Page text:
“Four Red Squares,” by Rene Capone

Is it reflected in your upcoming show? 

My god yes! but hopefully for the greater good and for just some mental stability. One can take all the bad experiences they have in life and become bitter, angry and basiclly a big old Donna Downer that no one wants to be around. I just can’t be that person. Perhaps I’m just overly optomistic. So I went in search of source material that would give me back some of the innocence I felt was unessesarily ripped from my body. 

I ended up finding old photopraphs from the Wiemer Replic in Germamy and there I discovered the romance of being a “figure painter” again.  

Tell me a little bit about your style?

I’ve always drawn characters that give off emotion that for better or worse really attach themselves to people. Because I am me, it’s terrible hard to describe my style. There are tons of people who have done it for me, so it’s only fair I attempt to do it myself. Mysterious, emotional and like being trapped in the vibratto of a Judy Garland high note. I’m making dreams for people to get lost in. 

How has it evolved over the years? 

The layers of emotion have become more grounded. I’ve learned much about symbols, history & physcology and those subjects greatly inform and place my characters in worlds that although are not real, feel more acurate for them … and more fun for me. Being able to place my characters somewhere in time helps convey their messages.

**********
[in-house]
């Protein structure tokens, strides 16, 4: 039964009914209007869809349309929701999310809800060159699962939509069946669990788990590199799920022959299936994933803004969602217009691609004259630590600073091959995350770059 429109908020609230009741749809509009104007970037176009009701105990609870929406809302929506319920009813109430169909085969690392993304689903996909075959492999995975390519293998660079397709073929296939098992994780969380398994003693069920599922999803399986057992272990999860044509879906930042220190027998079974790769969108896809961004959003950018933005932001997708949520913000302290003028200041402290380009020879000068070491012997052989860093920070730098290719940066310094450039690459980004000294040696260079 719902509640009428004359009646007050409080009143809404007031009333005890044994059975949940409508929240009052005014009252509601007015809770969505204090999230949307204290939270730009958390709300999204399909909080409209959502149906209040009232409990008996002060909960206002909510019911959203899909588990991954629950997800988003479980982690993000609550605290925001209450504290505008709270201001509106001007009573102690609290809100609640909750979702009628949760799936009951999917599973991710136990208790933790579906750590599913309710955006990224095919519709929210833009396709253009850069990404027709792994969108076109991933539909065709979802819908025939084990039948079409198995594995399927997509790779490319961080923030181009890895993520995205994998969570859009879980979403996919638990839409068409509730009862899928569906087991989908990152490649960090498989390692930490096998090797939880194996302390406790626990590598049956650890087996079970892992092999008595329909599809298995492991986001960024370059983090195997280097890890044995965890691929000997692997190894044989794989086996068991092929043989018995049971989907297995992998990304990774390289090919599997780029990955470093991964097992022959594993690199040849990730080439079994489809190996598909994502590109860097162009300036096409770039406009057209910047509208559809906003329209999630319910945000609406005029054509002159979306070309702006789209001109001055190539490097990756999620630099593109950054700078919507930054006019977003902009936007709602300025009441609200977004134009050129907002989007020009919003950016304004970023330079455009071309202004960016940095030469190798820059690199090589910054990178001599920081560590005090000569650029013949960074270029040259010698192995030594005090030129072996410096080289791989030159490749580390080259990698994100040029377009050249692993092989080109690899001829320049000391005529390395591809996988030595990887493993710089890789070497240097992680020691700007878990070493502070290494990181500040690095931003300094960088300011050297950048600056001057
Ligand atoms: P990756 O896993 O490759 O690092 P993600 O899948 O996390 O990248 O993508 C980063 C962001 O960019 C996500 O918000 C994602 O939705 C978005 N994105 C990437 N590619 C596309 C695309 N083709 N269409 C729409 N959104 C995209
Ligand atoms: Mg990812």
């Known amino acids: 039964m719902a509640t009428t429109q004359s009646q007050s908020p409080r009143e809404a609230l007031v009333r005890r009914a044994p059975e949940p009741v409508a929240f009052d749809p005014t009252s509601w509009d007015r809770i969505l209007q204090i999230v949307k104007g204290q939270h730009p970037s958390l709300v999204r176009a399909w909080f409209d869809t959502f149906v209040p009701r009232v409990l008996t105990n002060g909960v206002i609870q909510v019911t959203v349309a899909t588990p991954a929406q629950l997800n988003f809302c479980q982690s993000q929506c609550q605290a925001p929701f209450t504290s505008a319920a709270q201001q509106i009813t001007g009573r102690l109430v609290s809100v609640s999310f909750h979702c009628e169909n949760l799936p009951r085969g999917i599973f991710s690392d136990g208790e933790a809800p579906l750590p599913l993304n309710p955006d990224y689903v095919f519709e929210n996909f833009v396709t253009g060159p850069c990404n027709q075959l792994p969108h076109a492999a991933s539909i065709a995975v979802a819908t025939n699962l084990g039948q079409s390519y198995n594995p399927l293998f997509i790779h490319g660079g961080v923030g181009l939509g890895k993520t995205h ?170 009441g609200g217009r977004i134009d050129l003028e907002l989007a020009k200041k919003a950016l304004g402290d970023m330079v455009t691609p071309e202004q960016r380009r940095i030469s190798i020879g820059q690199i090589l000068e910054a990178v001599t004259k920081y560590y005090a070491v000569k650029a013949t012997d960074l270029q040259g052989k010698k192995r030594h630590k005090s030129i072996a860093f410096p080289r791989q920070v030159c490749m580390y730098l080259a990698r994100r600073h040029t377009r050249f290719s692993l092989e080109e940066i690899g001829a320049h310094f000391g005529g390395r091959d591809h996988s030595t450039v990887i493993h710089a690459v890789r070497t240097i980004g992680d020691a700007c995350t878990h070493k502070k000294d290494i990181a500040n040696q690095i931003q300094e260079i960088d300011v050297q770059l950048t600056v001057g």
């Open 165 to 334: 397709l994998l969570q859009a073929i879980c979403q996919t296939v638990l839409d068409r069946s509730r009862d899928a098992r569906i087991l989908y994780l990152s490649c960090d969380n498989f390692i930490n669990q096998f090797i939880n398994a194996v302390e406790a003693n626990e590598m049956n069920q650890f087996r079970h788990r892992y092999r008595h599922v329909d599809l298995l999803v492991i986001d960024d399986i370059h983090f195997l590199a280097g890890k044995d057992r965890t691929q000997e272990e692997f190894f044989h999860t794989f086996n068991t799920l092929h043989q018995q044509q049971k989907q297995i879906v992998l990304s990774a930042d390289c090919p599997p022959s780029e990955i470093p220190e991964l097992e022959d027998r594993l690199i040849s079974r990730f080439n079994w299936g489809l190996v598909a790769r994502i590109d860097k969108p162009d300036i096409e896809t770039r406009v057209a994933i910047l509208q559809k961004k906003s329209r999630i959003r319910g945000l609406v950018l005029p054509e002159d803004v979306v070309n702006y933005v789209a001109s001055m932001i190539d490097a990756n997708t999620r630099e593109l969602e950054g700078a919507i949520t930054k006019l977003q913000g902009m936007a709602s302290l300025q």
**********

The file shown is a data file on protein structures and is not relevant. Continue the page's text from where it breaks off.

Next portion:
“Self-Esteem Balloons,” by Rene Capone

What are some obstacles you find yourself overcoming as an artist of nearly two decades?

To not give up, to keep searching through the unknown. To be an artist is to keep a sense of wonder in the world around you and athough it may go unseen my most, it is most certainly is there. I myself an not amune to loosing that sense of discovery. So I have to search for it too. I have to lock myself in a room turn off all communication devices and do my job. 

Why choose Long Beach for your art show?

Frankly. I just thought it looked lovely and it just so happened that I had made many artistic friends and commands down in Long Beach through The Out Loud LB festival who hinted there is something happening artistically here and I should check it out. It seemed to me to be a scene about to pop up out of it’s own box. Artists have away of knowing these things. 

What do you want patrons to get out of your show?

To find the mystery of your own life, embrace and follow it like a fairy tale. Even when it’s hard it’s usually better than giving up on life. 

I know the the characters I create through the expressions of their faces or the hinted nature of their back stories do actually inspire a change in perspective in viewers and this is something I would like to keep doing because it feels authentic. 

Any suggestions for people trying to pursue their dreams?  

You will never know if you do not try. Amazing things happen when an object or thought is put into motion. Things have away of falling into place even when they seem impossible. 

Ok now as far as following your dreams – of I followed my dreams I would be on space ships hanging out with aliens in some bizarre war at the edge of the universe. These are my dreams and they are usually terrifying. NIghtly I am chased in spaace by aliens. I’m not so sure I’m ready for that yet. Let’s say follow your passions … or one of your reader might end up on Mars and I don’t feel like being held responsible. 

The art show, “Morié: Evolution Under Pressure,” will have its opening reception on May 25th in Long Beach at the Hellada Gallery, from 6-9 p.m.